Some luxury brands are highly coveted for their cachet, like a Hermes Birkin bag. Others have lost their prestige. Let’s face it, when you can find designer names like Ralph Lauren, Tommy Hilfiger, Coach, Perry Ellis, and Michael Kors piled up like cordwood at T.J.Maxx or Macy’s, or hawking their own wares at an outlet mall, their days as influential high-end brands are over.  

The same tragic down-market slide happens to automakers, and one has to wonder, is it happening to Mercedes-Benz? The brand first sold automobiles at their creation, and has been a favorite of the wealthy and powerful nearly as long.  

So they would never ruin that, right? 

Given the company is expanding its portfolio of lower-priced front-wheel-drive vehicles, including the GLA-, CLA-, A-Class, and the new for 2020 Mercedes-Benz GLB 250 4Matic, one has to wonder. After all, the lord of the manor can’t be seen driving the same brand of car as the hired help. 

Looking like a shrunken version of its larger siblings, the GLB 250 fills the niche between the smaller GLA-Class and the larger rear-wheel-drive GLC-Class. It’s sizable for a compact, offering an unexpectedly spacious cabin with two rows or three. And it seems somewhat affordable given that the front-wheel-drive GLB 250 starts at $36,600, with 4Matic all-wheel drive costing an extra $2,000, along with a $995 destination charge. 

But then there’s the option list, where $17,880 worth of luxury goodies lurked on my test vehicle. Bottom line: $57,495, which answers any second thoughts I had about Mercedes-Benz. It is still very much a luxury automaker, and a test drive of the GLB 250 proves this little trucklet to be a laudable addition. 

The GLB 250 makes the most of its 221-horsepower turbocharged 2.0-liter four-cylinder engine thanks to a newly developed eight-speed dual clutch transmission that always seems to be in the proper gear. For those who always need to be in control, paddle shifters on the steering wheel are there if required. The GLB 250 is fairly quiet, remaining poised when tackling corners or traversing bumps. Its overall demeanor is more like a car or a foul-weather friend than a true off-road boulder basher, but it remains a wonderfully solid German touring machine.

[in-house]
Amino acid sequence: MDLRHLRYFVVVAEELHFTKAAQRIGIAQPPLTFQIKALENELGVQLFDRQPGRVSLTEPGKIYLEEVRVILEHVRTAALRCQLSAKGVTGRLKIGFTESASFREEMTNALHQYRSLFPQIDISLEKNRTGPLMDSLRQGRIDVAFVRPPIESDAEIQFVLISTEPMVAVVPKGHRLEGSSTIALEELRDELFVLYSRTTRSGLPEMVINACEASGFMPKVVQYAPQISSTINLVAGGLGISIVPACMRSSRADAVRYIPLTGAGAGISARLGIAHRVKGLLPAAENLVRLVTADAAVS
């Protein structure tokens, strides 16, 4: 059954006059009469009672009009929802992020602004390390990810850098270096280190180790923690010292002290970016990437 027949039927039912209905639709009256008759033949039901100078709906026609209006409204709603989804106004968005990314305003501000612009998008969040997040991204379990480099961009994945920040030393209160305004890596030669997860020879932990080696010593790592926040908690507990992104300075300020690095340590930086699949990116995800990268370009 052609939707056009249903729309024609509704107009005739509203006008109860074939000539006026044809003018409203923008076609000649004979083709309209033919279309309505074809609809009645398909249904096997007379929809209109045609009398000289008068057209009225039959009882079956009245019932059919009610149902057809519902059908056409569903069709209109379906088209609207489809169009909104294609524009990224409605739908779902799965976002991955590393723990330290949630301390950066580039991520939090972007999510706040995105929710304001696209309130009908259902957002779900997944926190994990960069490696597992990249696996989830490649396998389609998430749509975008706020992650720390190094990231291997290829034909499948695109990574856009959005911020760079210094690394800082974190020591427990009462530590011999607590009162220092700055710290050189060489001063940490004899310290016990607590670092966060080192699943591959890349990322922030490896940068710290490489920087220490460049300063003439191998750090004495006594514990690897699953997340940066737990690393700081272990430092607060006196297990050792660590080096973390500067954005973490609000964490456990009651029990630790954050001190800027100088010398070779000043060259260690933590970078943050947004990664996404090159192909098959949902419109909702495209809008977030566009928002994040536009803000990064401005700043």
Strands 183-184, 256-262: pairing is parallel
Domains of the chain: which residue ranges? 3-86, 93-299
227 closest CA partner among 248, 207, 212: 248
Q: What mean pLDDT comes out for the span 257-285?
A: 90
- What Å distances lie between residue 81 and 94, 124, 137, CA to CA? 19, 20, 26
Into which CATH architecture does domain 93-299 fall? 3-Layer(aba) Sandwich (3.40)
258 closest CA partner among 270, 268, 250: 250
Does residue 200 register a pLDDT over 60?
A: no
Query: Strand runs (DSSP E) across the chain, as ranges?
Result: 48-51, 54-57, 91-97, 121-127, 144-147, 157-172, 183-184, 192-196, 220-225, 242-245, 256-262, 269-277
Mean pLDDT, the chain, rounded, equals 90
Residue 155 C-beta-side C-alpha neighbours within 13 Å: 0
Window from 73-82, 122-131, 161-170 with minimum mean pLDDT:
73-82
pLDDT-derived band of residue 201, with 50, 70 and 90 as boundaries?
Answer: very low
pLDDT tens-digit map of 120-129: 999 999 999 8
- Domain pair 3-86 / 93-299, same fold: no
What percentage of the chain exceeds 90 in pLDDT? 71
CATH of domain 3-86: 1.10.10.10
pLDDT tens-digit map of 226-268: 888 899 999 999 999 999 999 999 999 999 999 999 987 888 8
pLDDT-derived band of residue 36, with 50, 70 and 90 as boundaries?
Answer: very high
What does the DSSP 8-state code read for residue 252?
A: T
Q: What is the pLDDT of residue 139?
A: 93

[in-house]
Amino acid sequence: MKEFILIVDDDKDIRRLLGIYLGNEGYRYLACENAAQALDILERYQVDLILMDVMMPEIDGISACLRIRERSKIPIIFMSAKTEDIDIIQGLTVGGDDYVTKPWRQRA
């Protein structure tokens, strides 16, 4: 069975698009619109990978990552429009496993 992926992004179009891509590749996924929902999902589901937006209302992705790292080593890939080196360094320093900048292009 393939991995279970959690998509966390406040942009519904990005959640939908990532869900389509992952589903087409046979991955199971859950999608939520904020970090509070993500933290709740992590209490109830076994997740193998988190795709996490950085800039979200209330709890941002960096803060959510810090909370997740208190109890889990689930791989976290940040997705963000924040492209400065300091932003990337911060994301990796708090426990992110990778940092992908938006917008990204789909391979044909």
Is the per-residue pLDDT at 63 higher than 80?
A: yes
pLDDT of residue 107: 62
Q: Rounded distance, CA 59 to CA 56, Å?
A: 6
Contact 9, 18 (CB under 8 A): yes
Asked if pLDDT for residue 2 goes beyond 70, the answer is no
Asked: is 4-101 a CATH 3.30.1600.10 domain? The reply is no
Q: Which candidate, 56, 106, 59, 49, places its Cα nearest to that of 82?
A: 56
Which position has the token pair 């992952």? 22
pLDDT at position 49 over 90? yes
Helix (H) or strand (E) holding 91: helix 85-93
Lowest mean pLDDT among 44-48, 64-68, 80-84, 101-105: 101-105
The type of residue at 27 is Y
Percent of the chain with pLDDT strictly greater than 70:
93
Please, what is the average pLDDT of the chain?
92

And despite a starting price lower than most of its siblings, the GLB is no penalty box. Its instrument panel boasts the same long twin screen display found in tonier siblings that visually unites the instrument cluster and infotainment screens. It’s like an enormous flat screen TV for your car. Apple CarPlay and Android Auto are standard, and Mercedes-Benz’s revised onscreen software is more intuitive than previous versions, with impressive high definition. A litany of shortcut buttons eases its use.  

The seats are comfortable in the first two rows, with more than enough head and legroom, but opting for the third row seems like a waste of money given it diminishes cargo space and lacks usable legroom. 

Nevertheless, one drive and you’ll understand this is no poser. If you go with the easy options, you’ll find the GLB 250 to truly be an affordable Mercedes-Benz luxury SUV. 

And it’s sure better than wearing some has-been designer’s duds. 

2020 Mercedes-Benz GLB250 4Matic 

Base price: $39,595 

Engine: 2.0-liter -turbocharged four-cylinder 

Horsepower/Torque: 221/258 

EPA fuel economy (city/highway): 23/20 mpg 

Wheelbase/Length/Width: 111.4/182.4/79.5 inches 

Ground clearance: 7.9 inches 

Cargo capacity: 24-62 cubic feet 

Curb weight: 3,891 pounds 

 Larry Printz is the former automotive editor at and The Virginian-Pilot. He can be reached at This email address is being protected from spambots. You need JavaScript enabled to view it..